Sometimes you need to have an experience in the present to collect ambient details for a scene you’re writing from the past.
Writers notice. It’s part of our creative work. We practice being aware of what’s going on around us so we can add some of that ambient detail to our writing to bring the world of the story to life.Read More
I grew up tuned in to the radio. In the late sixties my station was 93 KHJ, “Boss Radio.” I knew the words to every song. In the early seventies I was still singing along, even to songs like Don McClean’s “American Pie,” with verses that went on even whenRead More
Reflection deepens a story. Reflection personalizes. And better yet, when a story is personalized by using reflection—when you include how you were affected—a story has a better chance of drawing a reader in. With memoir you want not only to write about what has happened in your life, you alsoRead More
All the best writers do it. They develop a piece as they write subsequent drafts, improving the writing every time. Philip Roth says, “The book really comes to life in the rewriting.” Joyce Carol Oates says most of her time writing is really rewriting. John Irving says, “Maybe as muchRead More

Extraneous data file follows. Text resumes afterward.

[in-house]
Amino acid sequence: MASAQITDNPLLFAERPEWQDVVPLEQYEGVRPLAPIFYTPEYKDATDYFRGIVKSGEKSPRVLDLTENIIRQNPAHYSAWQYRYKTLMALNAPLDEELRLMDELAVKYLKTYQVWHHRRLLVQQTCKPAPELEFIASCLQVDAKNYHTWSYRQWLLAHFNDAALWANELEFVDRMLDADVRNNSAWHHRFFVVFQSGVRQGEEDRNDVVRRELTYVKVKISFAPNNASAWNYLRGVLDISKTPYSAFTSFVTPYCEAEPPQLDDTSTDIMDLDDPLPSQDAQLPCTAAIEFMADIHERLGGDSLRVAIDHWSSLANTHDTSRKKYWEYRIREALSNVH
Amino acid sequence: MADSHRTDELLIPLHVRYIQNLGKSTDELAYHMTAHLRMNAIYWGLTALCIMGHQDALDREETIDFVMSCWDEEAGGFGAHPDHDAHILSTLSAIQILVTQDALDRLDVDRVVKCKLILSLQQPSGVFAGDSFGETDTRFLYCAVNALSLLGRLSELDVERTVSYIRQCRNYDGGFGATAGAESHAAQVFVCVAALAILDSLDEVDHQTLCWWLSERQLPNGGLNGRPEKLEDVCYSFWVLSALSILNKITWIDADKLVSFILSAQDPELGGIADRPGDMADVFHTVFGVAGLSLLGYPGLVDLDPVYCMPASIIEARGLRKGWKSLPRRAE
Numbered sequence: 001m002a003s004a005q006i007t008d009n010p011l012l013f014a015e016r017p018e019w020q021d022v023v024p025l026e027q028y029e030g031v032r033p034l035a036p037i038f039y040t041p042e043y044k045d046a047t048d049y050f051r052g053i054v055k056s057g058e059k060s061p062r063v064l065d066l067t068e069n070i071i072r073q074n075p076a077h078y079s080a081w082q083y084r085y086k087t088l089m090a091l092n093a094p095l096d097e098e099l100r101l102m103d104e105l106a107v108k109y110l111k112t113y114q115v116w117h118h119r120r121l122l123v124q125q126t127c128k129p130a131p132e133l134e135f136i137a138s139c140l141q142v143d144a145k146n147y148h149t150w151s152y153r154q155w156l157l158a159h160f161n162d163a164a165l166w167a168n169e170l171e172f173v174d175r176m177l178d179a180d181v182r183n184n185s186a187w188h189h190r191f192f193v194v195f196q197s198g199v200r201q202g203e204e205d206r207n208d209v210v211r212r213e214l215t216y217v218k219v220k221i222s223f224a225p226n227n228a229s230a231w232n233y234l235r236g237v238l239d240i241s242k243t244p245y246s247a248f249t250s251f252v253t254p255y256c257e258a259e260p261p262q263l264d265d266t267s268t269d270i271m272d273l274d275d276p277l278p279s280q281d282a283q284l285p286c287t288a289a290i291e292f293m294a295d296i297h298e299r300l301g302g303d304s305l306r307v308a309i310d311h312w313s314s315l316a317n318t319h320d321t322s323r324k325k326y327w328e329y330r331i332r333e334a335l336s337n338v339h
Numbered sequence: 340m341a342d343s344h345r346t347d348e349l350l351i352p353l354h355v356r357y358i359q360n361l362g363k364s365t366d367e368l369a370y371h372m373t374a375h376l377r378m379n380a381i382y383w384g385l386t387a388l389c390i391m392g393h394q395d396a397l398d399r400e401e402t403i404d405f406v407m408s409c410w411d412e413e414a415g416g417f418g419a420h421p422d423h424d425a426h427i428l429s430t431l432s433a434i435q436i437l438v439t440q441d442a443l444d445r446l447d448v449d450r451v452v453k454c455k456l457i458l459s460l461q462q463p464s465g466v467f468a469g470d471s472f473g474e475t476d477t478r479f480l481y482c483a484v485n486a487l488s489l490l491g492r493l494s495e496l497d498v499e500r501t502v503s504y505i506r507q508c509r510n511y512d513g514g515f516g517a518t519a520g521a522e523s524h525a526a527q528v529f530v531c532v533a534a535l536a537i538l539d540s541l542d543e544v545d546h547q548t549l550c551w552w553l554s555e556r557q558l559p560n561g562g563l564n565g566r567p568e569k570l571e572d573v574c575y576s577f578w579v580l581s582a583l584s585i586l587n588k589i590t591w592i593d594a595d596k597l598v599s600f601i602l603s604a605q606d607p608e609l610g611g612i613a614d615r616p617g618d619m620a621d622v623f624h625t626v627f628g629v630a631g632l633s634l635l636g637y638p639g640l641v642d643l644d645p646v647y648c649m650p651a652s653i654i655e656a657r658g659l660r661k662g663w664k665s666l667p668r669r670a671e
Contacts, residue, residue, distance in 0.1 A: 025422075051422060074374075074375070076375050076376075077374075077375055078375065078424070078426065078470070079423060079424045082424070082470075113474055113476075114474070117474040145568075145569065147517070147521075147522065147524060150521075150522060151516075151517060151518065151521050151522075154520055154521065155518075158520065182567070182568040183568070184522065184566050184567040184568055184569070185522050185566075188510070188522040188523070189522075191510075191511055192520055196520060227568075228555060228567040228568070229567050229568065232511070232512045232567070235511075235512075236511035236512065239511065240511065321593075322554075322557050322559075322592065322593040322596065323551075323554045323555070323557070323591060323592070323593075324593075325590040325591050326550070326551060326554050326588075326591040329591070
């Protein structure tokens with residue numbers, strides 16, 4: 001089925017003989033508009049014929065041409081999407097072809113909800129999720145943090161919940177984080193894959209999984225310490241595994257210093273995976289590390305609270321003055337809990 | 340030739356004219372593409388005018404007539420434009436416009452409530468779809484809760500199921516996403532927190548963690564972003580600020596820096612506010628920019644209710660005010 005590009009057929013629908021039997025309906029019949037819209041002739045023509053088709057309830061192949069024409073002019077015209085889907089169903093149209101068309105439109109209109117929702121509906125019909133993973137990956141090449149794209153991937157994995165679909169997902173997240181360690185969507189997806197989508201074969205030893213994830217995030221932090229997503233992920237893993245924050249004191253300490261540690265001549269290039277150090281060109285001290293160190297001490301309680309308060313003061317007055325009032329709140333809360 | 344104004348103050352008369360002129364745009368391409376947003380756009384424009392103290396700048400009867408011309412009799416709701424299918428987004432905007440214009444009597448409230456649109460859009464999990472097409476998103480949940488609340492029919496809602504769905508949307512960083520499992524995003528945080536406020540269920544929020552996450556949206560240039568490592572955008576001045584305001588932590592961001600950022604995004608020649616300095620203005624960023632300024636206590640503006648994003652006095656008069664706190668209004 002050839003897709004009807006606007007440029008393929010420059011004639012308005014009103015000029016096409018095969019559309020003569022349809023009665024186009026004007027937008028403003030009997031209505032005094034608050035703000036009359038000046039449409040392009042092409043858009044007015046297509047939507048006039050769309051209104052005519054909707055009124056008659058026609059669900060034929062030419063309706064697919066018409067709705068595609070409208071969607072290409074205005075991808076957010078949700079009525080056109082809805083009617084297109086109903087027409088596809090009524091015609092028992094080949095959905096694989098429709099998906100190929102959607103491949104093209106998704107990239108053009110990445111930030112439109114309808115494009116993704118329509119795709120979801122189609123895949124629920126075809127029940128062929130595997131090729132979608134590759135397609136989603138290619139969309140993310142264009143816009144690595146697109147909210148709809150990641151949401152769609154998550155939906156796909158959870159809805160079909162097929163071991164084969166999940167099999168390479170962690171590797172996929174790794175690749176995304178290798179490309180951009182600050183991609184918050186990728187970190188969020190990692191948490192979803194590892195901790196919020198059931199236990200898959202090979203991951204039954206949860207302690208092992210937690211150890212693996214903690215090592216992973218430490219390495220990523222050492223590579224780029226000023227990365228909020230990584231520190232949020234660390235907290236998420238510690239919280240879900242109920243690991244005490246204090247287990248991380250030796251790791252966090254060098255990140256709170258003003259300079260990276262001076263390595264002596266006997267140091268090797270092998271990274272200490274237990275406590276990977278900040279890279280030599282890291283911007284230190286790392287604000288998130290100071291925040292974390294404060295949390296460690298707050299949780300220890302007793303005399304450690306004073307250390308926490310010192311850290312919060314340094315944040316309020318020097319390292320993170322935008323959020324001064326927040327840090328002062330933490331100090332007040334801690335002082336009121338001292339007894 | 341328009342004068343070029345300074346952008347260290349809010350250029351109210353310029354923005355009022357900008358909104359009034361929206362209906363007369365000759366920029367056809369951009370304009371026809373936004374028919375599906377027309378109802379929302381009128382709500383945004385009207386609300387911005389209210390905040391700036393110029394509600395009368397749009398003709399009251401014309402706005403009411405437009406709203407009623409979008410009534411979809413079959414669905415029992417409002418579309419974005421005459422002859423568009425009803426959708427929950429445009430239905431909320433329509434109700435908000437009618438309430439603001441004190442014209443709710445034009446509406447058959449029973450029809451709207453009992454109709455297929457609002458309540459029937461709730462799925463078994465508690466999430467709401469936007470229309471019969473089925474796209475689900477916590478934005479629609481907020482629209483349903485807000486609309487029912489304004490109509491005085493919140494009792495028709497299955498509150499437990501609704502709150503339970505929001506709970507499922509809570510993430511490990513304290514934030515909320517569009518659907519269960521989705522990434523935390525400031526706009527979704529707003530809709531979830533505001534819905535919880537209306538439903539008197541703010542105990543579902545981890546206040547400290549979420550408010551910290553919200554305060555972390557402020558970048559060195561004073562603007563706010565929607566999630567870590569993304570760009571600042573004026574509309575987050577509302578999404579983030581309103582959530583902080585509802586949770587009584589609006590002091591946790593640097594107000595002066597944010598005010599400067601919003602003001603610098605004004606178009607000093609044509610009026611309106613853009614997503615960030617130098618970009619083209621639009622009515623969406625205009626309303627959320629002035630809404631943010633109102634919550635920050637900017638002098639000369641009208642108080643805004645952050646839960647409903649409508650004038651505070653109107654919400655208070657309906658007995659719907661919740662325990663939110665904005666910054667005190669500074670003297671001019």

How true is your story? Can you possibly remember everything important to include in a scene from an event that happened thirty or forty years ago? And what about emotional memory versus fact—the truths you know by experience that can’t be verified by provable facts? With memoir, truth is expected.Read More
Where do you start a story? Whether you’re writing a short memoir or a book, you need to draw a reader in right away. Here are a few ways to do it. Use An Emotional Hook Emotional hooks engage. Readers feel something, they’re curious to know what will happen. TheyRead More